The trio Muse(s)
Let's start the review with two guys that came up to me and said, and I quote, "Did you know them before? We thought we were coming to see The Muse... What an awesome band!".
My kind of band, I'm quick to add. It brought again before us a time when rock was effortlessly smart and mature, feasting on its' young and rebellious nature all the same. A quality - or, rather, a combination of qualities today's bands quite honestly lack.
The Muses, in very different ways than "The" Muse, know how to throw you off course, and therefore off your musical comfort zone by temperamentally changing gears several times within a song.
Fronted by the pleasantly sinister Kristin Hersh (now well in her forties) looking all innocent and cutesy - and then attacking you with a violent, sensually smokey voice.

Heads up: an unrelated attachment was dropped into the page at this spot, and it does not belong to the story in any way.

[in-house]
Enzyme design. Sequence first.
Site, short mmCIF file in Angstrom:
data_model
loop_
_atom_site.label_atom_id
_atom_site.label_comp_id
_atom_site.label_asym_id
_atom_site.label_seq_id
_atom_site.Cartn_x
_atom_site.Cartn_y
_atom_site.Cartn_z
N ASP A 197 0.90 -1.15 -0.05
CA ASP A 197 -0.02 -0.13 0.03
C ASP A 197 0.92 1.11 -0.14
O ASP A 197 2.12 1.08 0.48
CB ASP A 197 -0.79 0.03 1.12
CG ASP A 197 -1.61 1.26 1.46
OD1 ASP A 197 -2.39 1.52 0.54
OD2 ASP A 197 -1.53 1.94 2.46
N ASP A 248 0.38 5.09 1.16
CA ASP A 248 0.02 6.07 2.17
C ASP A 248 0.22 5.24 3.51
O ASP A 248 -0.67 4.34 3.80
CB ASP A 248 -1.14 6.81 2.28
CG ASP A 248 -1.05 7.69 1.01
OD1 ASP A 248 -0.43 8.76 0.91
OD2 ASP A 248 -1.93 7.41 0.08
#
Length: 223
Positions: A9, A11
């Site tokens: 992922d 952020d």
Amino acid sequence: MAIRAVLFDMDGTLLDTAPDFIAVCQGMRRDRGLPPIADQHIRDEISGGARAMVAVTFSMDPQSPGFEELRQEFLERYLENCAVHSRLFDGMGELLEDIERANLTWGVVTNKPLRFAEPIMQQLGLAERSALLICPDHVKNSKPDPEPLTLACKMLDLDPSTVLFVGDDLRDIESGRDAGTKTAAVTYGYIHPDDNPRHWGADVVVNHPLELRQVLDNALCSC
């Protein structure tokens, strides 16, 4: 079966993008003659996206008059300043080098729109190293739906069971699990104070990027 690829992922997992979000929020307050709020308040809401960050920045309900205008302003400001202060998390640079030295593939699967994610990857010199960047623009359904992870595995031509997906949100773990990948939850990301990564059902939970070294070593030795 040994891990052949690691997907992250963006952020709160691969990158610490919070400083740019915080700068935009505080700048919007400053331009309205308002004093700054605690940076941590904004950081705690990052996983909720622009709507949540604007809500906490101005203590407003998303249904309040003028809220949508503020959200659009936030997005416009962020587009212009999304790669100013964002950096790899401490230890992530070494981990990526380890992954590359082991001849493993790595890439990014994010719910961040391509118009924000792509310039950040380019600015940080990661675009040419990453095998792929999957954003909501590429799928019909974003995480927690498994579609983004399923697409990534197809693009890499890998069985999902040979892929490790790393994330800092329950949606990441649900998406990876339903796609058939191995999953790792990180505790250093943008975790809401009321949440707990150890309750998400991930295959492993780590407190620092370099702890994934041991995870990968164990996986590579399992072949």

She often brings up nuttiness (one of her solo career highlights is, unsurprisingly, also A Loon); and the band's rollercoaster mood swings are kind of scary. That's what makes them fascinating.
Yup, Hersh sounded kinda stoned when she spoke - unless she had just left her dentist's chair; but they were obviously on good form.
I never quite liked the pop breeze Tanya Donelly brought to the band, so I can't say I minded her absence (and I never liked her band Belly, largely thanks to that annoying '90s hit song Feed The Tree).
I got much more disappointed they played a slowed-down version of Bright Yellow Gun... But they came out for two encores and they hardly got boring (maybe for a minute there, while I was working).
Their brainchild is full of tantrums, guitar chord after guitar chord. From the '80s Rabbits Dying to the beautiful Your Ghost, Hersh's solo collaboration with Michael Stipe (on heavy MTV rotation in the '90s), they got the muse; and they throw her time and again against the wall just to see how well she bounces.